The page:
Population Structure Analyses Provide Insight into the Source Populations Underlying Rural Isolated Communities in Illinois
We have previously hypothesized that relatively small and isolated rural communities may experience founder efects, defined as the genetic ramifications of small population sizes at the time of a community's establishment. To explore this, we used an Illumina Infinium Omni2.5Exome-8 chip to collect data from 157 individuals from four Illinois communities, three rural and one urban. Genetic diversity estimates of 999,259 autosomal markers suggested that the reduction in heterozygosity due to shared ancestry was approximately 0, indicating a randomly mating population. An eigenanalysis, which is similar to a principal component analysis but run on a genetic coancestry matrix, conducted in the SNPRelate R package revealed that most of these individuals formed one cluster, with a few putative outliers obscuring population variation. An additional eigenanalysis on the same markers in a combined data set including the 2,504 individuals in the 1000 Genomes database found that most of the 157 Illinois individuals clustered into one group in close proximity to individuals of European descent. A final eigenanalysis of the Illinois individuals with the 503 individuals of European descent (within the 1000 Genomes Project) revealed two clusters of individuals and likely two source populations; one British and one consisting of multiple European subpopulations. We therefore demonstrate the feasibility of examining genetic relatedness across Illinois populations and assessing the number of source populations using publicly available databases. When assessed, population structure information can contribute to the understanding of genetic history in rural populations.
Population Structure, Genome-Wide Markers, Source Populations, Founder Effects, Rural Communities
Two key characteristics of many rural communities in the US Midwest are that they were founded several hundred years ago and that little migration has occurred compared with similar communities in Africa, Asia, and Europe (described in Jenkins et al. 2016). While many non-genetic factors may explain a substantial amount of increased incidence of certain diseases in these rural communities (for specific examples, see Befort et al. 2012; Hines and Markossian 2012; Henry et al. 2014), quantification of a possible genetic predisposition to diseases in such communities could assist efforts to account for and minimize disease risk. It is therefore critical to compare and contrast [End Page 31] genetic characteristics of rural populations to those from urban populations. This will particularly enable the testing of our hypothesis that small and isolated rural communities may experience genetic founder efects to a greater extent than their more urban peers (Jenkins et al. 2016). Such founder effects may influence disease susceptibility and have long-lasting impacts (Rudan 1999). We hypothesize that a small town, founded by a small number of individuals and relatively geographically isolated, can remain afected by the initial founder efect over hundreds of years. Similar examples have been observed previously (e.g., the island of Sardinia), where geography presents a physical barrier to travel (Portas et al. 2010).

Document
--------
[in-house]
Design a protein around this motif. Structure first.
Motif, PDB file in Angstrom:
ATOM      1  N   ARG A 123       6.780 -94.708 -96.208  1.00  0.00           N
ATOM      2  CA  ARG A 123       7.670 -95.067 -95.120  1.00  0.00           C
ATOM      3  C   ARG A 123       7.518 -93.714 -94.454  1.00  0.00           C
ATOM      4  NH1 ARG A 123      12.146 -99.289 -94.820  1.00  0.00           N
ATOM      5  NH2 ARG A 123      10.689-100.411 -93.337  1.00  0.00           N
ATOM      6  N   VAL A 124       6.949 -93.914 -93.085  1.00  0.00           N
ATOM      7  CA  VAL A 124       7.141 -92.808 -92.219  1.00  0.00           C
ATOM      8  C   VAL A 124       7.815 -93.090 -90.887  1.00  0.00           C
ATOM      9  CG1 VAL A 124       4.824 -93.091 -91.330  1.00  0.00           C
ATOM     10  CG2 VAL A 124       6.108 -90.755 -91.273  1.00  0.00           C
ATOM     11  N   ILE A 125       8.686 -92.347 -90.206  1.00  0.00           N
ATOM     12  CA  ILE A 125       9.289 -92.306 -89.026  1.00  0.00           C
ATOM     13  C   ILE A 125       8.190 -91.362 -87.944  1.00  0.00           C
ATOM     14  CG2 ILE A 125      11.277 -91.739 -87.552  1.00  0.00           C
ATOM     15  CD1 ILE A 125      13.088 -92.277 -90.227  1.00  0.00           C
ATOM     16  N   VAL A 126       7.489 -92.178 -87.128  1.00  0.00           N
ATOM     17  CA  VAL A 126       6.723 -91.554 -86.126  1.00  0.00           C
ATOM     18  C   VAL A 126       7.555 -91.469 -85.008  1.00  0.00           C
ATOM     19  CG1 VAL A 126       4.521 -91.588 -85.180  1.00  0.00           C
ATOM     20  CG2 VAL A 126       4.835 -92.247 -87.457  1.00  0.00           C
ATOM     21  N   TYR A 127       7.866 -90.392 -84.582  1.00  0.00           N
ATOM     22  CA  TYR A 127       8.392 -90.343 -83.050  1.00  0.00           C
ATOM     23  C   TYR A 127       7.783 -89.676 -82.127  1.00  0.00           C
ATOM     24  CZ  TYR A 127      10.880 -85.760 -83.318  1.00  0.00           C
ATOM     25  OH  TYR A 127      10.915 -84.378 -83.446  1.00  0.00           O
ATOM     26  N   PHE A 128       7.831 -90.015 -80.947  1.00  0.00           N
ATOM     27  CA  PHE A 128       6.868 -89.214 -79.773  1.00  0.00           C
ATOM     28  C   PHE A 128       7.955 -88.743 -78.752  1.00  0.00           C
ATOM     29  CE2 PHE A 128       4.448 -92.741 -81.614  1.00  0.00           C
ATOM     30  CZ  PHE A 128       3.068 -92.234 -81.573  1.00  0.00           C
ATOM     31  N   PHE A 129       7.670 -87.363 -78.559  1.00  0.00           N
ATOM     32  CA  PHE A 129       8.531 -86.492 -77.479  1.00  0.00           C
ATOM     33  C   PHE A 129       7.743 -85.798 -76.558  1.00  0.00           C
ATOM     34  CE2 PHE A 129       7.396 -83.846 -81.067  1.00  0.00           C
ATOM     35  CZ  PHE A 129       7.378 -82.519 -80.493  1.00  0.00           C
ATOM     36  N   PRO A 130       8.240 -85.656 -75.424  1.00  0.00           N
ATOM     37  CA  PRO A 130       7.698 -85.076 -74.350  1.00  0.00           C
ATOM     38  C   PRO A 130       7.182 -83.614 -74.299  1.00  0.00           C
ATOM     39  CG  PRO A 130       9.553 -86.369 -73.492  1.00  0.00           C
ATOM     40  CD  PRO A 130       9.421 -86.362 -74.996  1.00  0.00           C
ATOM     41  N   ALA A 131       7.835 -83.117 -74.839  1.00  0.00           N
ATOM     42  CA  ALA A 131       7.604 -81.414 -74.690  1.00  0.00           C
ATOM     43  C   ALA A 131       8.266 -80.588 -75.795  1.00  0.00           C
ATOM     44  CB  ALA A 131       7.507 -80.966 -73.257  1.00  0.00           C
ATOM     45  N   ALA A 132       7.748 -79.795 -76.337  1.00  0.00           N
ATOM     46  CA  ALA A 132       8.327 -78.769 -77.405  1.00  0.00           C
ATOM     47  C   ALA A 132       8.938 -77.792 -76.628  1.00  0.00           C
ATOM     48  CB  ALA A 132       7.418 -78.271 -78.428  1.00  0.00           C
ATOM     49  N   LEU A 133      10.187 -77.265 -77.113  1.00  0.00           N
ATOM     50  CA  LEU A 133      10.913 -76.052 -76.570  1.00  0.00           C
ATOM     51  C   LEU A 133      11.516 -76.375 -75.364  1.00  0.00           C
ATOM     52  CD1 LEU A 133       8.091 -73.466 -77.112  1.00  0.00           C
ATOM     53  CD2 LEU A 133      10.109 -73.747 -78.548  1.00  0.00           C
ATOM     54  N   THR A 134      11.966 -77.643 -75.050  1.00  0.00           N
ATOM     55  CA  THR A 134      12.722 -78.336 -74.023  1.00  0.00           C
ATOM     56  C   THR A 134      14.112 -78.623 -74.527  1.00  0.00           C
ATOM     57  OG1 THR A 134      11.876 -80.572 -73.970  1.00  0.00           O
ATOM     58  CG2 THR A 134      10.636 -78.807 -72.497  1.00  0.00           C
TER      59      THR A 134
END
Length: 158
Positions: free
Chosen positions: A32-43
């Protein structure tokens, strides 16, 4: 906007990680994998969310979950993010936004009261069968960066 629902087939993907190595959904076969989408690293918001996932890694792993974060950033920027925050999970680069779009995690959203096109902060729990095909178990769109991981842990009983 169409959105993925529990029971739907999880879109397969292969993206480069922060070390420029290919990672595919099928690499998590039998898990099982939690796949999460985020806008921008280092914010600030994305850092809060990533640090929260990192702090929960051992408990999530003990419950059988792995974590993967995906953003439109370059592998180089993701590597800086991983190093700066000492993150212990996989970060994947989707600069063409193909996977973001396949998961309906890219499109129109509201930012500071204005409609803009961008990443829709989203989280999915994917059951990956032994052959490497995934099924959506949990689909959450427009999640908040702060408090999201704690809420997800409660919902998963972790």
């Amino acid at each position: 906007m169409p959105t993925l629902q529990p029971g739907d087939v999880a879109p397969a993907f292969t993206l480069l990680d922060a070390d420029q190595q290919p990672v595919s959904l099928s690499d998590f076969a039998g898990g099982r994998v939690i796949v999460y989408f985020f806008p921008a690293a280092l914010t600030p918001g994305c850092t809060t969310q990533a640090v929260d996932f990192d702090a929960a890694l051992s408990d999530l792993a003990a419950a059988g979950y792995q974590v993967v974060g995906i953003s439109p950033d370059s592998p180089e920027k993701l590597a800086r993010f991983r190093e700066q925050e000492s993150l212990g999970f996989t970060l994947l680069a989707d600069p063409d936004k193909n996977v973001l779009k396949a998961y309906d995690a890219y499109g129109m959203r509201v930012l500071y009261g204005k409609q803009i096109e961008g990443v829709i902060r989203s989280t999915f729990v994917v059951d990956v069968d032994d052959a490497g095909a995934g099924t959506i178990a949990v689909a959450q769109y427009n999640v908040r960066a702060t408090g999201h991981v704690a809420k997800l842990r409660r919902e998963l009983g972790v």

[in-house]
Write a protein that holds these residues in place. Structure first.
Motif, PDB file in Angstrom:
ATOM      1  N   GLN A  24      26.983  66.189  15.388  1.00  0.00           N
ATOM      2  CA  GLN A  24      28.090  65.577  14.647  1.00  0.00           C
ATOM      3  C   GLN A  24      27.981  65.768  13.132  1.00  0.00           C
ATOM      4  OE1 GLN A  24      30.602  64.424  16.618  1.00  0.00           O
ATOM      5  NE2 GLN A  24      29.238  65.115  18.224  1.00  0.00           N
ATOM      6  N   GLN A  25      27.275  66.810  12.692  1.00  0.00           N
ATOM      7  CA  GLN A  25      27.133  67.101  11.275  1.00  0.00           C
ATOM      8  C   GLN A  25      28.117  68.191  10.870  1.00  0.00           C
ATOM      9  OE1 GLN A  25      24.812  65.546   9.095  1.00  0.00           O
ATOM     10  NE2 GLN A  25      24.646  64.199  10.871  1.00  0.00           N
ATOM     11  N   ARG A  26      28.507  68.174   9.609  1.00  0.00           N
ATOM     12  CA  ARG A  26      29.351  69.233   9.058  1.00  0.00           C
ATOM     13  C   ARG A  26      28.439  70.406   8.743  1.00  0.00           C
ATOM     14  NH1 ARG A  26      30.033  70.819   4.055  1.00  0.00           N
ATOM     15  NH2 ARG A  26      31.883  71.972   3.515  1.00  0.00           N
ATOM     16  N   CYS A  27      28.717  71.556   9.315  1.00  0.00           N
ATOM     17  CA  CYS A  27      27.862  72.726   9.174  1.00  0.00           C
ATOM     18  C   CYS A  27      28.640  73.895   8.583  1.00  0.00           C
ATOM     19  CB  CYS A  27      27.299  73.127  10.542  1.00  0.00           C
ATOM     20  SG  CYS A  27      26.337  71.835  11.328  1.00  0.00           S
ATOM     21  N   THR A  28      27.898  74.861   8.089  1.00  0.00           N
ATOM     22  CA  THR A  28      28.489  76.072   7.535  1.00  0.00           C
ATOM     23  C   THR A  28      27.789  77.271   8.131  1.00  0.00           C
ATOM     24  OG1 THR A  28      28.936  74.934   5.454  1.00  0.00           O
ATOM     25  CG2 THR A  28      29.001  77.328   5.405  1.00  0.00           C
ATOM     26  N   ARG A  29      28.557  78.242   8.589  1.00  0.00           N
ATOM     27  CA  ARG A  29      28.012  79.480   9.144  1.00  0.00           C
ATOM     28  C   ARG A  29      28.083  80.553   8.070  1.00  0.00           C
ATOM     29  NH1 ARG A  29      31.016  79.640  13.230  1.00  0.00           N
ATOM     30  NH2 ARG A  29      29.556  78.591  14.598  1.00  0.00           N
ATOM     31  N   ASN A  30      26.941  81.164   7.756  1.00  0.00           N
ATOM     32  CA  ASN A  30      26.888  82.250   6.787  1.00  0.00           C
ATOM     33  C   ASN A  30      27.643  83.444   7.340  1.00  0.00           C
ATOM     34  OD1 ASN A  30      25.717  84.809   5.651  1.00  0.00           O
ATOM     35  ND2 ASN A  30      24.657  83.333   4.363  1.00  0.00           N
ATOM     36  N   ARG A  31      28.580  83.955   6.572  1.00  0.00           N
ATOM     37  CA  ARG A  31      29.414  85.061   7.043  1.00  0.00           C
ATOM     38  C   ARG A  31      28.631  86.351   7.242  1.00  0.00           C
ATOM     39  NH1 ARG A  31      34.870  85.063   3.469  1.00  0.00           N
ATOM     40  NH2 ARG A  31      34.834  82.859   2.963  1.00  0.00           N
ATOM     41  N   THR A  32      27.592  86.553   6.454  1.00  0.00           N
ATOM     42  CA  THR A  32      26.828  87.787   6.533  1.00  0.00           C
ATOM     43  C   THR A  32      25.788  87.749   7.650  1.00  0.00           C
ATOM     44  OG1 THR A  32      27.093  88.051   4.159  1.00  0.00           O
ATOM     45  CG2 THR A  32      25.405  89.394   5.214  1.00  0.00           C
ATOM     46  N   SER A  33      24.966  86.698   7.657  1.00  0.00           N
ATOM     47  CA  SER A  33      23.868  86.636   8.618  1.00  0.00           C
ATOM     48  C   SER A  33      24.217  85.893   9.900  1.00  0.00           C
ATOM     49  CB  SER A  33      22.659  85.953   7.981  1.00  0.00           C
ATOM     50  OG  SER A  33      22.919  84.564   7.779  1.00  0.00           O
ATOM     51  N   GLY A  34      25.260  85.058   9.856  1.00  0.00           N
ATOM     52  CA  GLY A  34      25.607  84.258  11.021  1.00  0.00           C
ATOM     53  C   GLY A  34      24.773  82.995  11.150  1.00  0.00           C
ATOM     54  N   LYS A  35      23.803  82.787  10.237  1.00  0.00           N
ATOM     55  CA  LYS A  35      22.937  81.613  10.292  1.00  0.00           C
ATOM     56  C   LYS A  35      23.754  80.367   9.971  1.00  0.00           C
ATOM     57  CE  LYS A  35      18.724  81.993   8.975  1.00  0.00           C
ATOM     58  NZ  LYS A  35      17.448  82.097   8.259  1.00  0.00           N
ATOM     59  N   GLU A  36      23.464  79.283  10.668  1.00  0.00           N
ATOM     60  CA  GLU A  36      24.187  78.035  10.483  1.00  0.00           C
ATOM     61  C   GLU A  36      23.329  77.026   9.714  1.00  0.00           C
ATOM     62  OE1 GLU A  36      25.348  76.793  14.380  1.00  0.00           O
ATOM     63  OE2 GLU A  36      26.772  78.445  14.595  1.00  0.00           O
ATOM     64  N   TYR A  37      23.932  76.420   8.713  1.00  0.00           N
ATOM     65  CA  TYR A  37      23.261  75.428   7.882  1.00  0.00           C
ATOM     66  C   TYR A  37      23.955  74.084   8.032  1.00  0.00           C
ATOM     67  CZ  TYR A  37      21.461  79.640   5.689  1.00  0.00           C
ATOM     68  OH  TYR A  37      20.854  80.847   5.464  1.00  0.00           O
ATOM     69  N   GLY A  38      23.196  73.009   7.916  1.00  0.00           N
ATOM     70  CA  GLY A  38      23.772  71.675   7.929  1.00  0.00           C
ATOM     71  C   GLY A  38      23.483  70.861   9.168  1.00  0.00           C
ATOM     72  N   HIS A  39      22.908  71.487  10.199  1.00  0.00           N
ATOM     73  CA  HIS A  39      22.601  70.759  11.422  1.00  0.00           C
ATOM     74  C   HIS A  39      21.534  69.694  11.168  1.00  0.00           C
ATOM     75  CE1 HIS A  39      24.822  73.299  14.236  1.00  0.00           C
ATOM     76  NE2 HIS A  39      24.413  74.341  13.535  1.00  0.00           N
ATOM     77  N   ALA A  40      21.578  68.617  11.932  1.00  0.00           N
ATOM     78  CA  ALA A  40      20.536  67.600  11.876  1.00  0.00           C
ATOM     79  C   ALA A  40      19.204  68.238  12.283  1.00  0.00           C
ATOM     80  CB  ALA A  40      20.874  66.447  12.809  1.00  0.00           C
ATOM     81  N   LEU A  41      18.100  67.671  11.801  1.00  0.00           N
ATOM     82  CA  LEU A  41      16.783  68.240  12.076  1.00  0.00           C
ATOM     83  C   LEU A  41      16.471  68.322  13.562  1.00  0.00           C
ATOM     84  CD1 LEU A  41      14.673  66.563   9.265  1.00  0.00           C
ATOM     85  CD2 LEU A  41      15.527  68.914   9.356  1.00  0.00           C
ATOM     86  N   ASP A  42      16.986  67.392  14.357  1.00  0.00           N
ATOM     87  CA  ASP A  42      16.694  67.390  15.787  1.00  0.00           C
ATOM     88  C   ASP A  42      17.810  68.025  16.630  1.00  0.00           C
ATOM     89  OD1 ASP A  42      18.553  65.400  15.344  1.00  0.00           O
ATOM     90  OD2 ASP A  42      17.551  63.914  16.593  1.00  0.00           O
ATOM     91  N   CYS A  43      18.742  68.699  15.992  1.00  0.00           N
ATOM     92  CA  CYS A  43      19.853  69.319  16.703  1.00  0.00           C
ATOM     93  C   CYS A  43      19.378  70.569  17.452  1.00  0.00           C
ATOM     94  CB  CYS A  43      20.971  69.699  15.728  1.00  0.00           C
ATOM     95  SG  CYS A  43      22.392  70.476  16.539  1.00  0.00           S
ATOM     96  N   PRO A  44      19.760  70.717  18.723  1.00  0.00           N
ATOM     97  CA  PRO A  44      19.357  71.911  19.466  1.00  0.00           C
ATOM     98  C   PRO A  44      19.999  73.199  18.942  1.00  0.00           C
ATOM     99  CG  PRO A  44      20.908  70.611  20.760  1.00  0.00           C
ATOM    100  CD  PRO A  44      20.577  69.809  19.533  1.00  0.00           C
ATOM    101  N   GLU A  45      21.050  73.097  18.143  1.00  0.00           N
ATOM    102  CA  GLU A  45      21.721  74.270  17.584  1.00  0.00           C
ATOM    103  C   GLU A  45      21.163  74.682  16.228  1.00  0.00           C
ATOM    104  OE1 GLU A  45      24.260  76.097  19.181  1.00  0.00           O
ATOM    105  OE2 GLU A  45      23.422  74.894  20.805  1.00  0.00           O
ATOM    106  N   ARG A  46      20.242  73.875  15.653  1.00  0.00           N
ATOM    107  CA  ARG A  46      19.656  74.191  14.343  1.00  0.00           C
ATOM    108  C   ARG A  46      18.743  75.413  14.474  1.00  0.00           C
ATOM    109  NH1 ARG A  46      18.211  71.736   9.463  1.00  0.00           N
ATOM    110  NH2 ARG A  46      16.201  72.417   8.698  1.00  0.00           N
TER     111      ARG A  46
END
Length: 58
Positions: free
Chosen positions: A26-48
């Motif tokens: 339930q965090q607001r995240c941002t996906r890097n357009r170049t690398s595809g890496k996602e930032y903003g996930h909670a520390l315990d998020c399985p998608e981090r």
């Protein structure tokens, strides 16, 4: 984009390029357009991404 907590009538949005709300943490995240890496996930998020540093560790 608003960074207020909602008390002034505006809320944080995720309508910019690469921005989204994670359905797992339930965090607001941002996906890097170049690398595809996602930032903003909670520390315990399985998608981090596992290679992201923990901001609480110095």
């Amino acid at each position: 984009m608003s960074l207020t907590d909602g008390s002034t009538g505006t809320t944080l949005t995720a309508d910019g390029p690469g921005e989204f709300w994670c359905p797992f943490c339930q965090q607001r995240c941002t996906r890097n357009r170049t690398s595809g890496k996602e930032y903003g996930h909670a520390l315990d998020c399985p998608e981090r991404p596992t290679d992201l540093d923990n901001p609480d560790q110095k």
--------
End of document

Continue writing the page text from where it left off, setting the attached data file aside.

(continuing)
Researchers can use genetic data to estimate how closely related individuals in a population are to each other, as well as to determine if members of a rural community have a single or multiple source population(s) (the location of the population's origin; Falush et al. 2003; Wang et al. 2007). Determining if there is more than one source population is an important step for examining population structure; multiple source populations would suggest higher initial genetic diversity than a single source population and minimize any impacts of a founder efect. The ability to use genetic data to quantify subpopulation structure is an important factor in population studies (Wacholder et al. 2000; Thomas and Witte 2002; Campbell et al. 2005). Population structure analyses can be performed with large numbers of single nucleotide polymorphisms (SNPs) using small amounts of DNA and commercially available SNP chips. Given the use of genetic data from such chips in previous research (Vaags et al. 2012; Terao et al. 2013; De Vivo et al. 2014; Mayba et al. 2014; Machiela et al. 2016), it appears that they are well suited for quantifying subpopulation structure in rural isolated populations and hence provide insight into the impact of founder effects and isolation on current community genetic diversity.
Genome-wide markers obtained from SNP chips can also be used to obtain measures of genetic diversity. Such measures include average gene diversity over loci, which estimates overall population diversity (Nei 1987). Population similarity can be measured using Wright's indices, including Wright's inbreeding coefficient, FIS, which examines the reduction in heterozygosity in a population due to shared ancestry (Wright 1950). This measure can help estimate the relatedness of individuals within a population. Typical values of FIS in European populations have been reported in German populations (–0.0010 to 0.0108) (Steffens et al. 2006) and several Iberian populations: Basques (0.0000), Navarre (0.015), and Pass Valley (0.0144) (Cardoso et al. 2017). Thus, measures of average gene diversity over loci and FIS could indicate if rural populations have less diversity and/or appear to exhibit genetic drift, including a genetic bottleneck or founder effect, compared to other world populations.